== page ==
|Deep Blue (2005)
Perhaps in a cynical attempt to cash in on the success of the James Cameron IMAX film
ALIENS OF THE DEEP, we’re now treated to DEEP BLUE, which was made about three
years ago under the auspices of the BBC. When the movie was released in the United Kingdom
in 2003, it had narration by Michael Gambon. For its 2005 showings in the United States,
Gambon has been supplanted by Pierce Brosnan.
Directors and writers Alastair Fothergill and Andy Byatt structured the film as a sort of
worldwide journey via the sea, beginning near the Falkland Islands in the southern Atlantic and
journeying around the world, from Antarctica to the Arctic to the Pacific, with a stopover deep
This is the sort of movie that once might have found a home in the classroom and now
would be right at home on cable television, but I’m not entirely sure at whom the film is aimed.
In spite of its G rating, younger children may be traumatized by watching the deaths of fish, sea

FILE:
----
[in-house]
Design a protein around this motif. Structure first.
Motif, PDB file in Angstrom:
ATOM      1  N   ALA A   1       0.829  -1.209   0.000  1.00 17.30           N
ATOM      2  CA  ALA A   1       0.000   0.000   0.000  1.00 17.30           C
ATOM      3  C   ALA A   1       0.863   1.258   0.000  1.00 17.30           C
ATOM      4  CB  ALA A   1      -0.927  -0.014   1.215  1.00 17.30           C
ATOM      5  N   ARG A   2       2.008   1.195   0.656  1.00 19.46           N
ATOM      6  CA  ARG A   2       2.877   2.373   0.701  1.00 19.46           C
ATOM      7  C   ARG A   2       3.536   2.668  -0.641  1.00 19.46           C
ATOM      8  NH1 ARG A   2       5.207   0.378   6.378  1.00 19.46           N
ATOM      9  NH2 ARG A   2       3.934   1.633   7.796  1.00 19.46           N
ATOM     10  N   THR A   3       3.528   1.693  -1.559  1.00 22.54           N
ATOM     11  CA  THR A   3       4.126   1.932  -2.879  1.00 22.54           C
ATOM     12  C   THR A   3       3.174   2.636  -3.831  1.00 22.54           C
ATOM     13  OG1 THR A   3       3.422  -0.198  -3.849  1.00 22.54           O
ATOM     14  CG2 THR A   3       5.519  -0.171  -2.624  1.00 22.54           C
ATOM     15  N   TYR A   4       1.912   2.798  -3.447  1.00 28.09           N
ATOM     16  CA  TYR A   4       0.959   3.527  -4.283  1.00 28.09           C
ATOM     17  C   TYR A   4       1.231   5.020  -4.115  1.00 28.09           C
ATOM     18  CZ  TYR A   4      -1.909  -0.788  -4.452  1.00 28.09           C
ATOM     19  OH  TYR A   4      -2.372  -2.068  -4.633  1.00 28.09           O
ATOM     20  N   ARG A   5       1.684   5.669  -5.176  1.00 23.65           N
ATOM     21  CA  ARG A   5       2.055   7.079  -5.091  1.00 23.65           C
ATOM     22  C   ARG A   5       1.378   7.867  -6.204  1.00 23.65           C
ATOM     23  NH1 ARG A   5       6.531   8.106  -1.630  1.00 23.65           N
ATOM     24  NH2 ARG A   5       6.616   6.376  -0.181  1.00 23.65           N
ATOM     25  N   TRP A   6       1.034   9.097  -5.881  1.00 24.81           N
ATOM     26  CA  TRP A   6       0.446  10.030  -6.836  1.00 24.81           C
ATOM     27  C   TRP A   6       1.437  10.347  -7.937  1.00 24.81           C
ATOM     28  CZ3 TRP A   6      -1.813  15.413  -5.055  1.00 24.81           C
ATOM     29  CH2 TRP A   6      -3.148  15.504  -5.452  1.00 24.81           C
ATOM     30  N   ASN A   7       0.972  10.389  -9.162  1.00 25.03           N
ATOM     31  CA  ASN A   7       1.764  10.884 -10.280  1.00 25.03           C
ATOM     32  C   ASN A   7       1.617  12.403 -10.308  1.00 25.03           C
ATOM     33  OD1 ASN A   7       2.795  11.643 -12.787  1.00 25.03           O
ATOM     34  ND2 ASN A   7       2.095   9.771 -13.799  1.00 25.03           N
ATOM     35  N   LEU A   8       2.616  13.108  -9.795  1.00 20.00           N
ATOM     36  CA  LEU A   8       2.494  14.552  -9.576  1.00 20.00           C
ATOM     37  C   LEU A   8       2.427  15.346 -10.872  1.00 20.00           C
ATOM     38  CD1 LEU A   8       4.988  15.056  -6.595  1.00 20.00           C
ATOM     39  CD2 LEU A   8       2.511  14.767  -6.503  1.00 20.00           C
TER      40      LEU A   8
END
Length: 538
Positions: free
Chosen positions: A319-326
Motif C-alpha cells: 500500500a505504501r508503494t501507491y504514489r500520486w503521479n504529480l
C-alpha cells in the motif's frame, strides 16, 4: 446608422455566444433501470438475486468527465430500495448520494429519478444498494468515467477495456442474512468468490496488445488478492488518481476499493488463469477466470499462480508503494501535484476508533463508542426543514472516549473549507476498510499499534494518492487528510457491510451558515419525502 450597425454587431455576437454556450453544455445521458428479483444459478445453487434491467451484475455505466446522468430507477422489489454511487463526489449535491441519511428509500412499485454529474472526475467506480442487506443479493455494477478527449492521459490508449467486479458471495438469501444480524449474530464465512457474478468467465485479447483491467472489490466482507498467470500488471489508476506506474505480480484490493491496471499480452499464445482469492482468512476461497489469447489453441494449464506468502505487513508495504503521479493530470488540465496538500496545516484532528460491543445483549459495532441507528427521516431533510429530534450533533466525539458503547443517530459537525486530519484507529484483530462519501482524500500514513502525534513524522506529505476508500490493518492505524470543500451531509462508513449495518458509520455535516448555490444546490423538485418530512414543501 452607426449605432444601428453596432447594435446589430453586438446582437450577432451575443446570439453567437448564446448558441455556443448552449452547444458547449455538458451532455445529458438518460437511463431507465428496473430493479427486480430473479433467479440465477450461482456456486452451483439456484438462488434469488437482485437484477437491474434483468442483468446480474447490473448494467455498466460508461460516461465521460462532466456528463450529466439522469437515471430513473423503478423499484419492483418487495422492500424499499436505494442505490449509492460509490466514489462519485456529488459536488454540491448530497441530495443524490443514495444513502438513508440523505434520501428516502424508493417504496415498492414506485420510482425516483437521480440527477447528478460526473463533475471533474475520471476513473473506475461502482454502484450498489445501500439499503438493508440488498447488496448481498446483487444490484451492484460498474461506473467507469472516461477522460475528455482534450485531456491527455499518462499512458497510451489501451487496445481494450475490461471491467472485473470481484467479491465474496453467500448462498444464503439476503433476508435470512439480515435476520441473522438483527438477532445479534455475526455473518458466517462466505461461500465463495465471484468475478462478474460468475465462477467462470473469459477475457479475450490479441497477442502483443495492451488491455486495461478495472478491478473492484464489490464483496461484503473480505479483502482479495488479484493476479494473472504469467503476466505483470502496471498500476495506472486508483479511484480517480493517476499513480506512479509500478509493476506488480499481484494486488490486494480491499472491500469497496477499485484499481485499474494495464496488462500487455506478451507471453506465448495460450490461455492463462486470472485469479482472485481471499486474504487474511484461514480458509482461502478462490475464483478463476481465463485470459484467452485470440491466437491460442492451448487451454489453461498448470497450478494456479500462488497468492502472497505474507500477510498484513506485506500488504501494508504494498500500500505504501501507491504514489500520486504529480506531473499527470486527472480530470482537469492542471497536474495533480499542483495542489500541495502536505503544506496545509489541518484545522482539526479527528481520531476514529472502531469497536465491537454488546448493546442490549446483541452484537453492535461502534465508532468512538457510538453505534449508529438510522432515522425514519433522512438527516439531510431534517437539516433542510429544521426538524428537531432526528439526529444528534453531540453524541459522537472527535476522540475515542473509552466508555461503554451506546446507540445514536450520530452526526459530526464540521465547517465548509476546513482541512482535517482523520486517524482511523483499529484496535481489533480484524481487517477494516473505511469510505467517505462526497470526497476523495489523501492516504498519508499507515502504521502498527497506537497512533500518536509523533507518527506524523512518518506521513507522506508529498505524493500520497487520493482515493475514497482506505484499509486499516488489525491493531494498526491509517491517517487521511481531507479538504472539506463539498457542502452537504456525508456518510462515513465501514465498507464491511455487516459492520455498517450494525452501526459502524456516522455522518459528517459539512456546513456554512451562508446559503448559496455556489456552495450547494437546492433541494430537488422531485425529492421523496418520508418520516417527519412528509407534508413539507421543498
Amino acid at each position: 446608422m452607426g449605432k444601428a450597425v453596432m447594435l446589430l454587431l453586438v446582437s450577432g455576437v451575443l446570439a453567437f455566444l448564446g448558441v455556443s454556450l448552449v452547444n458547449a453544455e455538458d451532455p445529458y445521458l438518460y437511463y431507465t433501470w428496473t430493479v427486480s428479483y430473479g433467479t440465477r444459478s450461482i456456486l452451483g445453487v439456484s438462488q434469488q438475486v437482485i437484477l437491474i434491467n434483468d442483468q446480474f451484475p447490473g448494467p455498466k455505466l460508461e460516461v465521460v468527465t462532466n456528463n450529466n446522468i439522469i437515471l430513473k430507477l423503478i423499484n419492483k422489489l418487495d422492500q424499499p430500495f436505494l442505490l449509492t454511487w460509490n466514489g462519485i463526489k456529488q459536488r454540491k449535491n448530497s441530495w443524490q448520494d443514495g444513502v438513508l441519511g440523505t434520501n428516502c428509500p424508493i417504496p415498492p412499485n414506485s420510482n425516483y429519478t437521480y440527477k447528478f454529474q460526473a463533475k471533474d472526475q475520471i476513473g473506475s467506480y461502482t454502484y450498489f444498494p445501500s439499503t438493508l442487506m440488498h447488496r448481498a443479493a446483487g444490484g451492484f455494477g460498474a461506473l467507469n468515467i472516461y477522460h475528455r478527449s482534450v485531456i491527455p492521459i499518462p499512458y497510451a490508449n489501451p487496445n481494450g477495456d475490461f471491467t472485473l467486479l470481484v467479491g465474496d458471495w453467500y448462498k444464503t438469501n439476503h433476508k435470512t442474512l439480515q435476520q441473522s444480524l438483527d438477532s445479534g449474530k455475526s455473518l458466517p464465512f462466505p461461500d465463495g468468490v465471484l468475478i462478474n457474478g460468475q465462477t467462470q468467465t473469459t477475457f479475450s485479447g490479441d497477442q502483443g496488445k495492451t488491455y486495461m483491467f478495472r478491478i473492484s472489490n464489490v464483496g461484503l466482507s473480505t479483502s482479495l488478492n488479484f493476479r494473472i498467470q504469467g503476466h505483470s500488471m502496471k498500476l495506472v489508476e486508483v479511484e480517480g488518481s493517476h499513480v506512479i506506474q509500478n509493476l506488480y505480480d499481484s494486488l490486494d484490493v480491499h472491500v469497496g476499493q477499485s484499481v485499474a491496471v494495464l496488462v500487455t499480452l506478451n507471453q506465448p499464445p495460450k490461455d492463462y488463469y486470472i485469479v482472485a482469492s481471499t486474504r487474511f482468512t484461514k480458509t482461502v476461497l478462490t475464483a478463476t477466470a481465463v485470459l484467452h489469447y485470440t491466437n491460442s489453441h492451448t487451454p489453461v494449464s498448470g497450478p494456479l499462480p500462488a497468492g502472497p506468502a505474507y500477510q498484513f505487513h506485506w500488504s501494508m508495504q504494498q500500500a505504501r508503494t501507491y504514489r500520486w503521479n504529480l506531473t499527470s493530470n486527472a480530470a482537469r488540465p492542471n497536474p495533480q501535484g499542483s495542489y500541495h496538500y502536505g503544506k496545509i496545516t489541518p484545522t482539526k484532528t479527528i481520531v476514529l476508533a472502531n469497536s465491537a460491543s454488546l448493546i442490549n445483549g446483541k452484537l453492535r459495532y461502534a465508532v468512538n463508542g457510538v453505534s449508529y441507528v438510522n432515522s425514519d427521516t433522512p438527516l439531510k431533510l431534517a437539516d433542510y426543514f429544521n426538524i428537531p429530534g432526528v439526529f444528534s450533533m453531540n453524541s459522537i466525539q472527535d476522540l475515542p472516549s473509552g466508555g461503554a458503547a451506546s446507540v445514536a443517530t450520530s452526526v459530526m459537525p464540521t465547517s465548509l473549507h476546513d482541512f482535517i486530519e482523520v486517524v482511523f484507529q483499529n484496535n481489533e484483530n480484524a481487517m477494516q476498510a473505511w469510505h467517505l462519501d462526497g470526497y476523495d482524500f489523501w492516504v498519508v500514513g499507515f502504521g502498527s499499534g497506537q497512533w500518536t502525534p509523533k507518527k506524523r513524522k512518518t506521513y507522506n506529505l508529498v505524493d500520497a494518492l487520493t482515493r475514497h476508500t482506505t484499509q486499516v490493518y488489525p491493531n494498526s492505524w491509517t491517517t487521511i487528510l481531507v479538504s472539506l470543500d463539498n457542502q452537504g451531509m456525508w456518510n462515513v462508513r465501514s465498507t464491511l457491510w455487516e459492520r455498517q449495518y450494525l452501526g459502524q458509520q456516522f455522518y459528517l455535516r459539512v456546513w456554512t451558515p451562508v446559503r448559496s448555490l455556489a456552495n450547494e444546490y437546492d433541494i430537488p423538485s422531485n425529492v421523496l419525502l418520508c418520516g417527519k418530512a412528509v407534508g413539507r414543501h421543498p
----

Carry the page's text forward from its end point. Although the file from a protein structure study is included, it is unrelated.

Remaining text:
lions, and baby whales. (The latter two are rather gruesome and bloody.) Teenagers undoubtedly
will be bored silly, and adults may also find their minds wandering.
Brosnan’s ponderous narration certainly doesn’t help. It is full of the usual clichés of the
ocean as a place where birth, death and renewal occur with a final plea for environmental concerns.
George Fenton’s overbearing score seems designed to counteract the somnambulant tone of the
The best part of DEEP BLUE is the camera work, which swoops up for a bird’s-eye
view and probes deep under the water to uncover some intriguing and hauntingly beautiful imagery,
whether jellyfish or a coral reef.
MPAA rating: G
Running time: 83 mins.
Viewed at Magno Review Two
|© 2005 by C. E. Murphy. All Rights Reserved.